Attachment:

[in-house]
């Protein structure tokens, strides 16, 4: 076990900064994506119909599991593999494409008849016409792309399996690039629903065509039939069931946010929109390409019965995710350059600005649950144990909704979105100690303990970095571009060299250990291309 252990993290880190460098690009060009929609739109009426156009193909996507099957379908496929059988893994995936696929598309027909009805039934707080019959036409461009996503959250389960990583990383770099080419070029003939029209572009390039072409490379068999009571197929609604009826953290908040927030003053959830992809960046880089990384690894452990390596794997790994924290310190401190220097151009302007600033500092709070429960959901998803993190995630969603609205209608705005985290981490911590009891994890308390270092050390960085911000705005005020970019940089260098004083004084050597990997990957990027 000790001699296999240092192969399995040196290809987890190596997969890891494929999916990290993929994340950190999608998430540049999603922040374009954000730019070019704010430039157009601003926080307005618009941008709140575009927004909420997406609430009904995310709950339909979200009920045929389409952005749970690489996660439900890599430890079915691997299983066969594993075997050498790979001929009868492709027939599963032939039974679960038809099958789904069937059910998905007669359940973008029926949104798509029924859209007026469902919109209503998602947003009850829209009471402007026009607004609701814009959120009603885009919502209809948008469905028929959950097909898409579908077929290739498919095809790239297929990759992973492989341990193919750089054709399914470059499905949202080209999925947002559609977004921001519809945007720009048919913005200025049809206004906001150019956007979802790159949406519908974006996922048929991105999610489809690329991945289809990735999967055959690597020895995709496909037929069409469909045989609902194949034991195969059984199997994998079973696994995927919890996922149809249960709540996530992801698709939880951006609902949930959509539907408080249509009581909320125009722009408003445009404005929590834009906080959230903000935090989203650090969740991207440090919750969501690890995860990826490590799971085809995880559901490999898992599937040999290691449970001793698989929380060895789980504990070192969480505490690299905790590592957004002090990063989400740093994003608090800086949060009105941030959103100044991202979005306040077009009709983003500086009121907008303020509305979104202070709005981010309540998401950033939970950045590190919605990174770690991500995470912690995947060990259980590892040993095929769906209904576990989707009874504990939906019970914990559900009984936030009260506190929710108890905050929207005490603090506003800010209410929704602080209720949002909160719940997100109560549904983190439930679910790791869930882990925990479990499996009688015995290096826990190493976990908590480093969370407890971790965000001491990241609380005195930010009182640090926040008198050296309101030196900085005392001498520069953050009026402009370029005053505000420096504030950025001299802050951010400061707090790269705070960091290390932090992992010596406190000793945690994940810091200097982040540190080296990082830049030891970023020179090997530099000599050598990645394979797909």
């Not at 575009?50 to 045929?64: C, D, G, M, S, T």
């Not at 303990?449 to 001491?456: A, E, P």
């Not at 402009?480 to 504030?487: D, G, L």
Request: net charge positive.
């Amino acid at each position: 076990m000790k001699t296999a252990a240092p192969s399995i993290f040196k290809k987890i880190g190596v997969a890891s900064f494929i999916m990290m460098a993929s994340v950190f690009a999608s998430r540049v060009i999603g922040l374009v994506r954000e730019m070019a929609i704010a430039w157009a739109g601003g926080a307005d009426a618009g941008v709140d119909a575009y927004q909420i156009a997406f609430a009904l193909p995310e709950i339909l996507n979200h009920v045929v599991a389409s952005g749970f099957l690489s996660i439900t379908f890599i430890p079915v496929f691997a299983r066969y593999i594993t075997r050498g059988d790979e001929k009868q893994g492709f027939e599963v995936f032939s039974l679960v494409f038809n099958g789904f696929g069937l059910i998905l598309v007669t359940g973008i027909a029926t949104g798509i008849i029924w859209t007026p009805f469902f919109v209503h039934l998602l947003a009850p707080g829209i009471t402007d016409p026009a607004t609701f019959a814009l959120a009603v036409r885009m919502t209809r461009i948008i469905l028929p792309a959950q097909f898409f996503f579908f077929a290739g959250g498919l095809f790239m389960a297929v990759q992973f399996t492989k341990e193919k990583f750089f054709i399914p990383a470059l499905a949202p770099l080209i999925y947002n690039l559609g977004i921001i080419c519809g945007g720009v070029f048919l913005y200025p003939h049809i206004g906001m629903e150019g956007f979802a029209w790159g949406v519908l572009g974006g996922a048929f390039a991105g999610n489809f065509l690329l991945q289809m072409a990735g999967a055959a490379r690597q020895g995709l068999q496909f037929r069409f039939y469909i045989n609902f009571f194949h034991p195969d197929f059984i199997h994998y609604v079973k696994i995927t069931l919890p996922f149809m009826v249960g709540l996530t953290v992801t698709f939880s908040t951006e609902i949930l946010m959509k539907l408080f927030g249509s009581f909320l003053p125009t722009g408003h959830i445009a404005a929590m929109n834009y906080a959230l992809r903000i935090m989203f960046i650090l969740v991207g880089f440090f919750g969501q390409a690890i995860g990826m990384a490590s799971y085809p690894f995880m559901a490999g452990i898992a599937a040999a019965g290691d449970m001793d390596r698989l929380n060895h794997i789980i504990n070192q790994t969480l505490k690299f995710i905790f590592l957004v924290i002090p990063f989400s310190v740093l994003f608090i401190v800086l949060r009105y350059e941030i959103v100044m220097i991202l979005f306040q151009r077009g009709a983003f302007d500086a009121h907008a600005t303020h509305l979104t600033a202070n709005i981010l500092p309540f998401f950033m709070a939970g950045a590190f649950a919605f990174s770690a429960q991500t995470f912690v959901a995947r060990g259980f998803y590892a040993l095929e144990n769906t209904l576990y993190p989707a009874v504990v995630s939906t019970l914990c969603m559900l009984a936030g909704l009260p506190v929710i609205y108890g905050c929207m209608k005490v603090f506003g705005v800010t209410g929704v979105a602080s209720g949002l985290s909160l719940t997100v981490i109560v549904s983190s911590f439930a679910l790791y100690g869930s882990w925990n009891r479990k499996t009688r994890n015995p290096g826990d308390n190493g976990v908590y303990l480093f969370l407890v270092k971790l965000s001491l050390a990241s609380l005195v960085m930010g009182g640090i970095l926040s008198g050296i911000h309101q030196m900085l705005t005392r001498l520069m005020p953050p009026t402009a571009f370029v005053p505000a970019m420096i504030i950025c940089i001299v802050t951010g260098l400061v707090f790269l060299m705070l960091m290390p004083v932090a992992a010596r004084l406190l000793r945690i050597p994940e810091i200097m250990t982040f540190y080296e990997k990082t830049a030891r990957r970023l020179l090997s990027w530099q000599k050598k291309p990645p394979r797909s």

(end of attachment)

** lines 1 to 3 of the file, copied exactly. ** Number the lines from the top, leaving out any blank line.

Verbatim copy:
[in-house]
């Protein structure tokens, strides 16, 4: 076990900064994506119909599991593999494409008849016409792309399996690039629903065509039939069931946010929109390409019965995710350059600005649950144990909704979105100690303990970095571009060299250990291309 252990993290880190460098690009060009929609739109009426156009193909996507099957379908496929059988893994995936696929598309027909009805039934707080019959036409461009996503959250389960990583990383770099080419070029003939029209572009390039072409490379068999009571197929609604009826953290908040927030003053959830992809960046880089990384690894452990390596794997790994924290310190401190220097151009302007600033500092709070429960959901998803993190995630969603609205209608705005985290981490911590009891994890308390270092050390960085911000705005005020970019940089260098004083004084050597990997990957990027 000790001699296999240092192969399995040196290809987890190596997969890891494929999916990290993929994340950190999608998430540049999603922040374009954000730019070019704010430039157009601003926080307005618009941008709140575009927004909420997406609430009904995310709950339909979200009920045929389409952005749970690489996660439900890599430890079915691997299983066969594993075997050498790979001929009868492709027939599963032939039974679960038809099958789904069937059910998905007669359940973008029926949104798509029924859209007026469902919109209503998602947003009850829209009471402007026009607004609701814009959120009603885009919502209809948008469905028929959950097909898409579908077929290739498919095809790239297929990759992973492989341990193919750089054709399914470059499905949202080209999925947002559609977004921001519809945007720009048919913005200025049809206004906001150019956007979802790159949406519908974006996922048929991105999610489809690329991945289809990735999967055959690597020895995709496909037929069409469909045989609902194949034991195969059984199997994998079973696994995927919890996922149809249960709540996530992801698709939880951006609902949930959509539907408080249509009581909320125009722009408003445009404005929590834009906080959230903000935090989203650090969740991207440090919750969501690890995860990826490590799971085809995880559901490999898992599937040999290691449970001793698989929380060895789980504990070192969480505490690299905790590592957004002090990063989400740093994003608090800086949060009105941030959103100044991202979005306040077009009709983003500086009121907008303020509305979104202070709005981010309540998401950033939970950045590190919605990174770690991500995470912690995947060990259980590892040993095929769906209904576990989707009874504990939906019970914990559900009984936030009260506190929710108890905050929207005490603090506003800010209410929704602080209720949002909160719940997100109560549904983190439930679910790791869930882990925990479990499996009688015995290096826990190493976990908590480093969370407890971790965000001491990241609380005195930010009182640090926040008198050296309101030196900085005392001498520069953050009026402009370029005053505000420096504030950025001299802050951010400061707090790269705070960091290390932090992992010596406190000793945690994940810091200097982040540190080296990082830049030891970023020179090997530099000599050598990645394979797909």
């Not at 575009?50 to 045929?64: C, D, G, M, S, T």